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I've noticed this before, but I didn't yet narrow it down to a candidate cause as good as yours. Before the decompanding table became available, I've run an empirical / statistical analysis on the red/green and blue/green quotients as a function of the green value, and found smoothed curves where the decompanding function has kinks between linear fragments. I attributed this to a smoothing effect caused by my analysis method. But with your observation, it might be worth to run a new analysis with formally decompanded values. I did so when I used the decompanding table for the first time, and it looked so much better than before, that I was happy, and didn't persue this any further.
When preparing for my EPSC talk about Jupiter's reflectance function (finally accepted!), and haze, I'll take another very close look at the effect of solar incidence angle and emission angle on brightness and color. I'd think, that any errors in the decompanding function should show up as anomalies.

Btw, Seán, your processing tests are really very! promising.
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mcaplinger
post Jun 23 2017, 04:59 PM
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QUOTE (Bjorn Jonsson @ Jun 22 2017, 03:49 PM) *
I'm interesting in knowing if someone else has also explored this issue.

Since the companding maps all input values from 1392 to 1407 to 209 (for example) there's no way to uniquely recover the input, obviously. This is more obvious for Junocam where the companding is done in a piecewise linear fashion and there is a slope change at 209-210 (in contrast to MSL where a smoother full table is used). At various times people have talked about intentionally adding gaussian noise back into the decompanded values, but I've never tried this. Depending on where in the processing flow you do the decompanding relative to other operations (photometric removal, for example) and what precision you are doing this to, you may or may not be quantizing the values further.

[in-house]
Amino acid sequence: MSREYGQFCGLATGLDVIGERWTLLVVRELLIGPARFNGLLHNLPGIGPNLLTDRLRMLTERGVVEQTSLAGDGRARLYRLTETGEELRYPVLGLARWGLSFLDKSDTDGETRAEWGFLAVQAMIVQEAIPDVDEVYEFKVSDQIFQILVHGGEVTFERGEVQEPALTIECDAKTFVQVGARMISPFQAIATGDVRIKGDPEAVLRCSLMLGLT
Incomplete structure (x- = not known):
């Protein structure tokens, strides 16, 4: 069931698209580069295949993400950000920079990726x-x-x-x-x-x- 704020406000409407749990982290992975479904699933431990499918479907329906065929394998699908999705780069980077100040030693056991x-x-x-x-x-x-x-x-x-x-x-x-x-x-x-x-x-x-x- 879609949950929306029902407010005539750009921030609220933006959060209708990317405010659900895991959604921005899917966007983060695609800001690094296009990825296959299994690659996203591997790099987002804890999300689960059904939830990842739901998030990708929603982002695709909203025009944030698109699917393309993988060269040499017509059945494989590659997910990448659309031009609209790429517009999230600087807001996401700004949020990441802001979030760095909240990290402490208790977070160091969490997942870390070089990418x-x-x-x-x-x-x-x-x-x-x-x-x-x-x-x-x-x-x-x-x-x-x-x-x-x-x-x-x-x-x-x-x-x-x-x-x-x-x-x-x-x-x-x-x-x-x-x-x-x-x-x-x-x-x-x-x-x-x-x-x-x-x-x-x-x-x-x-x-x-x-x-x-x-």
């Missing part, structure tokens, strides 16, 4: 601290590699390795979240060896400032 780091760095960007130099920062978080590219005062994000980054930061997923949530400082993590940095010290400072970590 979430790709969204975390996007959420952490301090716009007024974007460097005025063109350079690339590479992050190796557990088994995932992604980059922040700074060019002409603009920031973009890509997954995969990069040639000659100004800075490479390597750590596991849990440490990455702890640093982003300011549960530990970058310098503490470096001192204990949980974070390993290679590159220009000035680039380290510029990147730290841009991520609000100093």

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Disclaimer: This post is based on public information only. Any opinions are my own.
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Bjorn Jonsson
post Jun 26 2017, 10:57 PM
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Here is the first of three sets of images that I recently finished processing. This is image PJ06_113. First an approximately true color/contrast version. Small scale features have been sharpened a bit, mainly to compensate for all of the resampling during the many processing steps:

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And a version with enhanced color and contrast and where the sharpness has been further increased. The effects of global illumination have also been removed to increase the visibility of dimly lit features not far from the terminator.